This initial phrase is often followed by a question, generally surrounding how I could publicly support a Republican candidate or maintain conservative beliefs. "As a woman, how can you support Donald Trump?" or "As a woman, how can you support pro-life policies?" and, my personal favorite, "As a woman, how did you not want Hillary for president?"

Although I understand their sentiment, I cannot respect it. Yes, being a woman is a part of who I am, but it in no way determines who I am. My sex has not and will not adjudicate my goals, my passions, or my work. It will not influence the way in which I think or the way in which I express those thoughts. Further, your mention of my sex as the primary logic for condemning such expressions will not change my adherence to defending what I share. Nor should it.

To conduct your questioning of my politics by inferring that my sex should influence my ideology is not only offensive, it's sexist.

It disregards my other qualifications and renders them worthless. It disregards my work as a student of political science. It disregards my hours of research dedicated to writing about politics. It disregards my creativity as an author and my knowledge of the subjects I choose to discuss. It disregards the fundamental human right I possess to form my own opinion and my Constitutional right to express that opinion freely with others. And most notably, it disregards that I am an individual. An individual capable of forming my own opinions and being brave enough to share those with the world at the risk of receiving backlash and criticism. All I ask is for respect of that bravery and respect for my qualifications.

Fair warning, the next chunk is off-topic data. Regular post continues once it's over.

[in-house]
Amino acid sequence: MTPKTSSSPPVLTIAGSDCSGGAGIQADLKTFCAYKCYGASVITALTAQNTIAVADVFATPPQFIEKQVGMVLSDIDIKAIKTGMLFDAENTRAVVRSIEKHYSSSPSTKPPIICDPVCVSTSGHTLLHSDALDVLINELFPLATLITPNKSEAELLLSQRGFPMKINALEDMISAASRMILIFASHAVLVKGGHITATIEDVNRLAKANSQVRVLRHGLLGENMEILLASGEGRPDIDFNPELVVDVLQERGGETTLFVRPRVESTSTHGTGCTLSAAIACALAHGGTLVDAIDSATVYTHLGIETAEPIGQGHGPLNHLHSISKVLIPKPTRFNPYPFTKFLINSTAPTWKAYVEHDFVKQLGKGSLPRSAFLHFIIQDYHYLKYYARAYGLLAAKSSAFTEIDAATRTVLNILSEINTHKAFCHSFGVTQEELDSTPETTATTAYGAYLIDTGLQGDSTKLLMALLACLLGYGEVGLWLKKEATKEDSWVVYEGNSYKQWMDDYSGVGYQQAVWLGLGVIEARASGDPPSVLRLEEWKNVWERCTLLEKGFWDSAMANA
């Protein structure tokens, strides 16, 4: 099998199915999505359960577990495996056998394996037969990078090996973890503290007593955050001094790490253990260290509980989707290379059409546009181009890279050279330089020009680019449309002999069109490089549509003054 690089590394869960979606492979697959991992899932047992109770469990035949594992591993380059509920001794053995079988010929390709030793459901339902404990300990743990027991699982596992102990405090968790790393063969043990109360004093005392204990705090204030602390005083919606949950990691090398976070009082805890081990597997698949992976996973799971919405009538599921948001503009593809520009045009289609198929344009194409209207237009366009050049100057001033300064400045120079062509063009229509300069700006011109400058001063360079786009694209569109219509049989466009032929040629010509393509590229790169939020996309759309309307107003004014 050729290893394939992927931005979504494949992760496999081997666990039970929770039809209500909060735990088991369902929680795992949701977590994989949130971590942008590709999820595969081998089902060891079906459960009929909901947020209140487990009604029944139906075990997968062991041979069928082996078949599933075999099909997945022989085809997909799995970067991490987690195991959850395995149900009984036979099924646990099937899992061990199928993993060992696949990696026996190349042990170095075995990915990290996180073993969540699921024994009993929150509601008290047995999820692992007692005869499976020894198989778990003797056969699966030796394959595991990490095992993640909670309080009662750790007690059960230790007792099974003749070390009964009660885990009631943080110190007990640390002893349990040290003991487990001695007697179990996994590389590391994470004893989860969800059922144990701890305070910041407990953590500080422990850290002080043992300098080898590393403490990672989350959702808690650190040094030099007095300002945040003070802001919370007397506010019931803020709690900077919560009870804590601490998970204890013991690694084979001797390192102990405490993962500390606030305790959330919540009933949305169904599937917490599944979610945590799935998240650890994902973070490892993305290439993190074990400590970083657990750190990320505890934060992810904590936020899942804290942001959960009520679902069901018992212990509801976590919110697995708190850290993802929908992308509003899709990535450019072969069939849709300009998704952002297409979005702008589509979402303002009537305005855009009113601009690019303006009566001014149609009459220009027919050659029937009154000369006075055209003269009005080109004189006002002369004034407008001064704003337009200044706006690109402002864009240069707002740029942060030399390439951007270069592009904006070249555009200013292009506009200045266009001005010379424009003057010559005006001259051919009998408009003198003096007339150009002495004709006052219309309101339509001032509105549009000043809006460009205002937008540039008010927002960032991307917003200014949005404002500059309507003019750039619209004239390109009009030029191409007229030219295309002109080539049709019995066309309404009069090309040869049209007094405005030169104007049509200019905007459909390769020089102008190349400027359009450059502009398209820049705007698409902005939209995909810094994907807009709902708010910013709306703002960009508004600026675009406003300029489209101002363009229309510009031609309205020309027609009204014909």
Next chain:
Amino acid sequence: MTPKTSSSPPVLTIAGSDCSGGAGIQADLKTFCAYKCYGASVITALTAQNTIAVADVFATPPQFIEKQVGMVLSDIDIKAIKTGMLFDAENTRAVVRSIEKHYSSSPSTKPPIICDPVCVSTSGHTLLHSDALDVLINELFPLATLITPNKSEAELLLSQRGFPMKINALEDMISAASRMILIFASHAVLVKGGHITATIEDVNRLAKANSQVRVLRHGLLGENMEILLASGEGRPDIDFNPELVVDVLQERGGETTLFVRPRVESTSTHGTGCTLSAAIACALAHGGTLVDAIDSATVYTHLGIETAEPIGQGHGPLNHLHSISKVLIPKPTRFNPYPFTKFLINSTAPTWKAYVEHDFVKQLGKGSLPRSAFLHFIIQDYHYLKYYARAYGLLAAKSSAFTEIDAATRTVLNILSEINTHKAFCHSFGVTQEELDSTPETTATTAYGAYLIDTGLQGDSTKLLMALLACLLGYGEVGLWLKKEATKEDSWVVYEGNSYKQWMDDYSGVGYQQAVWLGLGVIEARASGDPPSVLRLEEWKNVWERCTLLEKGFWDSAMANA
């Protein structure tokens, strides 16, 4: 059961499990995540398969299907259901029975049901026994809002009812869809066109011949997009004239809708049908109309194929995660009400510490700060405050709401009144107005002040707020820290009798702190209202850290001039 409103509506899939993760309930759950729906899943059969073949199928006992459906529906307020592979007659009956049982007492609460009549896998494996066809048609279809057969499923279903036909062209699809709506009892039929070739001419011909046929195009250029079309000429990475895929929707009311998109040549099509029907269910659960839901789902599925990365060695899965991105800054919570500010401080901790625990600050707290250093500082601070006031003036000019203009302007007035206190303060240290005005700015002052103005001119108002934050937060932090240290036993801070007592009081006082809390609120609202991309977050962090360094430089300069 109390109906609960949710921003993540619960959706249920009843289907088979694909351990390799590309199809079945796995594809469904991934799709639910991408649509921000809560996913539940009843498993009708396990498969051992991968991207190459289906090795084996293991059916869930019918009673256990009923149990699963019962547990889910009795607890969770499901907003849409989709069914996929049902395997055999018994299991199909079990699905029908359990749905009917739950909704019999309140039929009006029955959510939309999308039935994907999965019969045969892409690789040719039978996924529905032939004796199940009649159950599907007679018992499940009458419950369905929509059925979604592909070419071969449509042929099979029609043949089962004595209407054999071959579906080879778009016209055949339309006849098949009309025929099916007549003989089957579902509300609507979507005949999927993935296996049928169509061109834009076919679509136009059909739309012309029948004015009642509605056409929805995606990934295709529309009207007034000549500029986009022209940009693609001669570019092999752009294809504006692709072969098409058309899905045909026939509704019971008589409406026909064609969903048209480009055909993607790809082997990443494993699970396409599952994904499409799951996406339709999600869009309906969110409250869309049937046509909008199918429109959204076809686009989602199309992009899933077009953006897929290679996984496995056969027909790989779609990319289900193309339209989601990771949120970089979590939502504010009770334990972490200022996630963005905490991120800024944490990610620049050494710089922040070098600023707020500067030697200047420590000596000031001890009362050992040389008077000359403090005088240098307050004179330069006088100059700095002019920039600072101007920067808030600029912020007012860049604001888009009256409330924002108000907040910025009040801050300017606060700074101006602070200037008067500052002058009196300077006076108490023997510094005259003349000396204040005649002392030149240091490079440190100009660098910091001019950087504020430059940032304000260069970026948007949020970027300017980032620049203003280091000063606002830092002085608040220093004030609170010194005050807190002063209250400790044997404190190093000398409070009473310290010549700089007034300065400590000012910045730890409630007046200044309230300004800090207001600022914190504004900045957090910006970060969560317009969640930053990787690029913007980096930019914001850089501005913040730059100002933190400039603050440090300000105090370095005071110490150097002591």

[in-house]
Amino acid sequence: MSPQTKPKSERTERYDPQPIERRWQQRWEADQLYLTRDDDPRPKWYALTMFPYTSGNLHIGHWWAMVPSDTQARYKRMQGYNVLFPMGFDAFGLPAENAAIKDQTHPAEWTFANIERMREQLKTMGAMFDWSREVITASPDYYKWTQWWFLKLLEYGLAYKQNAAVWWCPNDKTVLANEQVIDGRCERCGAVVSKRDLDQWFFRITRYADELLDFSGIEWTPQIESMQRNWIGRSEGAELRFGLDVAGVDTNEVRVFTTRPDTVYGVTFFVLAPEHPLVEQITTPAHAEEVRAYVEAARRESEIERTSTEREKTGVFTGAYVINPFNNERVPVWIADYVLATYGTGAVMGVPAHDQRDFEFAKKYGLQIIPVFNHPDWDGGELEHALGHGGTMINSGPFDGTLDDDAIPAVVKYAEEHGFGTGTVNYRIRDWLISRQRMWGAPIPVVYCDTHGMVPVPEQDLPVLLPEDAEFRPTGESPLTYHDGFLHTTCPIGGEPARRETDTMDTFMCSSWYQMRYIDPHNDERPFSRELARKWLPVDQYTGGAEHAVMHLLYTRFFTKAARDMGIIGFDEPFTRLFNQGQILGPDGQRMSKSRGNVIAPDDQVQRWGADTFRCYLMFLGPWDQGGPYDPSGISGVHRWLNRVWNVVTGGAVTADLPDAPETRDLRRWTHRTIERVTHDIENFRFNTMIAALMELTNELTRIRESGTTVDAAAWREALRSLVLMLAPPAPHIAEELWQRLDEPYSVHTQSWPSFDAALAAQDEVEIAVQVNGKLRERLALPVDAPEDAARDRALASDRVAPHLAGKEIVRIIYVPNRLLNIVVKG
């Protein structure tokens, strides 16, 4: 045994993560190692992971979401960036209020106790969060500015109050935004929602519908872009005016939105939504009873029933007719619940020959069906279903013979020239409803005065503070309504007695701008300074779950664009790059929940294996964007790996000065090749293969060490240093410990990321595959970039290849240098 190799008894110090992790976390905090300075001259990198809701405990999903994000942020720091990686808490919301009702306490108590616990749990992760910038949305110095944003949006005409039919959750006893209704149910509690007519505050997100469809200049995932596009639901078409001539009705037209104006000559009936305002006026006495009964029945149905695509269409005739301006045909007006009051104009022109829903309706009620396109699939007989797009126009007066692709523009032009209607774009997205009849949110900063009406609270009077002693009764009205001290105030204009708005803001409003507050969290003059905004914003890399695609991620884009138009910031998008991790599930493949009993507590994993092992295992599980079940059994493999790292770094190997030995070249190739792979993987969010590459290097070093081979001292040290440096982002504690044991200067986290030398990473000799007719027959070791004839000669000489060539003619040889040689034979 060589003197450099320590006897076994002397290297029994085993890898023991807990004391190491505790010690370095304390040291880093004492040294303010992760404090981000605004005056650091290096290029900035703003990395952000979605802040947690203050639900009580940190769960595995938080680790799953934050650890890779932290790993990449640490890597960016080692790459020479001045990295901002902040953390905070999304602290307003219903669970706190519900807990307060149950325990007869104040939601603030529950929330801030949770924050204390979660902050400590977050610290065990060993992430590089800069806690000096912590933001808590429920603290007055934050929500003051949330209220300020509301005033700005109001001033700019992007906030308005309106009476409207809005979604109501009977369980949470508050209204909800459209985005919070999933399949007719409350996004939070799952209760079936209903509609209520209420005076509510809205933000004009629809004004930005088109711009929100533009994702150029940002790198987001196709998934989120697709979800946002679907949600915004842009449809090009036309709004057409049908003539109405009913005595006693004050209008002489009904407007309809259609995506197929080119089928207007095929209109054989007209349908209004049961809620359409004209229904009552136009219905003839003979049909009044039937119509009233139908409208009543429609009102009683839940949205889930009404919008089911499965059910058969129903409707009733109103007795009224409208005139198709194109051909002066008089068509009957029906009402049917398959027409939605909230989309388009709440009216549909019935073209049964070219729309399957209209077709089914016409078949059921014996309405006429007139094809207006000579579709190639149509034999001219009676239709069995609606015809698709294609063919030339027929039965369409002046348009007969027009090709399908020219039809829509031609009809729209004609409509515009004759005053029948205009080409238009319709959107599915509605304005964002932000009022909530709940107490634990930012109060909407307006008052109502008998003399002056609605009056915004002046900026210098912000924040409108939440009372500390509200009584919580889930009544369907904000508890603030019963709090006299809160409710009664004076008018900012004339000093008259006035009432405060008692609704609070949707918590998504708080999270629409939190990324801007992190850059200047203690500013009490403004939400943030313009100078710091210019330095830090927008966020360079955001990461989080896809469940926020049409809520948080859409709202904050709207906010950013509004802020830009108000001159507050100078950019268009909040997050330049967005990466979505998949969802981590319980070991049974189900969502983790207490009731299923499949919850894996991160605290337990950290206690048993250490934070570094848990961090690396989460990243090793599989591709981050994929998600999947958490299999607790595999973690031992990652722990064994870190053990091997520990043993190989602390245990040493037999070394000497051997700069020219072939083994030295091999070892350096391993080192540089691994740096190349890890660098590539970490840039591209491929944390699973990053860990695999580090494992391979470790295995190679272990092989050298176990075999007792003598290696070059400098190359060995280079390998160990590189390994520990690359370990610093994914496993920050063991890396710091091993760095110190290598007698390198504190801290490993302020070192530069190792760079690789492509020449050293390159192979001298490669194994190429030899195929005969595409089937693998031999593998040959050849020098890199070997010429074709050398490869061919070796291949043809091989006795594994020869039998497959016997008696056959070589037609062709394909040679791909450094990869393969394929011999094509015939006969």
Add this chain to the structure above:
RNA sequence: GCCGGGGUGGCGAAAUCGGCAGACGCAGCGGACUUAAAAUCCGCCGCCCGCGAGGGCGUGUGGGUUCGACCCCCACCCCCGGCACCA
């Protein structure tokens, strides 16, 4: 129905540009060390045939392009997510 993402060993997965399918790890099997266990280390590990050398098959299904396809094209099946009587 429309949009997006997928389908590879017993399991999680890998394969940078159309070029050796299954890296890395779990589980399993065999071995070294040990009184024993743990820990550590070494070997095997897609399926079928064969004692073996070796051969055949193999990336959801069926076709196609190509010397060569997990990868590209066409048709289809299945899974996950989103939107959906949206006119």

Words are powerful. They can be used to inspire, unite, and revolutionize. Yet, they can be abused, and too comfortably are. Opening a dialogue of political debate by confining me to my gender restricts the productivity of that debate from the start. Those simple but potent words overlook my identity and label me as a stereotype destined to fit into a mold. They indicate that in our debate, you cannot look past my sex. That you will not be receptive to what I have to say if it doesn't fit into what I should be saying, "as a woman."